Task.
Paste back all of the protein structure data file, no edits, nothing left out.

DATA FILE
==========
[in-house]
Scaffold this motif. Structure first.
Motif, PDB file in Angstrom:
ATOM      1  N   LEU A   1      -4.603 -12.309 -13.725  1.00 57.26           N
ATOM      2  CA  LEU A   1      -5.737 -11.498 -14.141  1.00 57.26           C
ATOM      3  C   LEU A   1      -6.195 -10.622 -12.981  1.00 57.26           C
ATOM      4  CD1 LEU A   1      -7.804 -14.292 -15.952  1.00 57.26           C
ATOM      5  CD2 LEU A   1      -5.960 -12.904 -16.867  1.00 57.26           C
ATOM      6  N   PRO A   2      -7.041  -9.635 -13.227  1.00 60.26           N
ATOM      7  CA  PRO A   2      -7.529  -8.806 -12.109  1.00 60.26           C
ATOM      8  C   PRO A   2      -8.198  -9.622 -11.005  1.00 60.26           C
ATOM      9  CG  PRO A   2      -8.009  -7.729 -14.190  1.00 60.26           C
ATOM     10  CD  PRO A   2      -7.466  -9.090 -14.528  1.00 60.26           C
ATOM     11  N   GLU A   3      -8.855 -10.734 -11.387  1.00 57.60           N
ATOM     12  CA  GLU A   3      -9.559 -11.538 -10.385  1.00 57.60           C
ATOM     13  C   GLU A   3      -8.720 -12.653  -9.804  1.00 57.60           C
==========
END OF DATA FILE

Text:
[in-house]
Scaffold this motif. Structure first.
Motif, PDB file in Angstrom:
ATOM      1  N   LEU A   1      -4.603 -12.309 -13.725  1.00 57.26           N
ATOM      2  CA  LEU A   1      -5.737 -11.498 -14.141  1.00 57.26           C
ATOM      3  C   LEU A   1      -6.195 -10.622 -12.981  1.00 57.26           C
ATOM      4  CD1 LEU A   1      -7.804 -14.292 -15.952  1.00 57.26           C
ATOM      5  CD2 LEU A   1      -5.960 -12.904 -16.867  1.00 57.26           C
ATOM      6  N   PRO A   2      -7.041  -9.635 -13.227  1.00 60.26           N
ATOM      7  CA  PRO A   2      -7.529  -8.806 -12.109  1.00 60.26           C
ATOM      8  C   PRO A   2      -8.198  -9.622 -11.005  1.00 60.26           C
ATOM      9  CG  PRO A   2      -8.009  -7.729 -14.190  1.00 60.26           C
ATOM     10  CD  PRO A   2      -7.466  -9.090 -14.528  1.00 60.26           C
ATOM     11  N   GLU A   3      -8.855 -10.734 -11.387  1.00 57.60           N
ATOM     12  CA  GLU A   3      -9.559 -11.538 -10.385  1.00 57.60           C
ATOM     13  C   GLU A   3      -8.720 -12.653  -9.804  1.00 57.60           C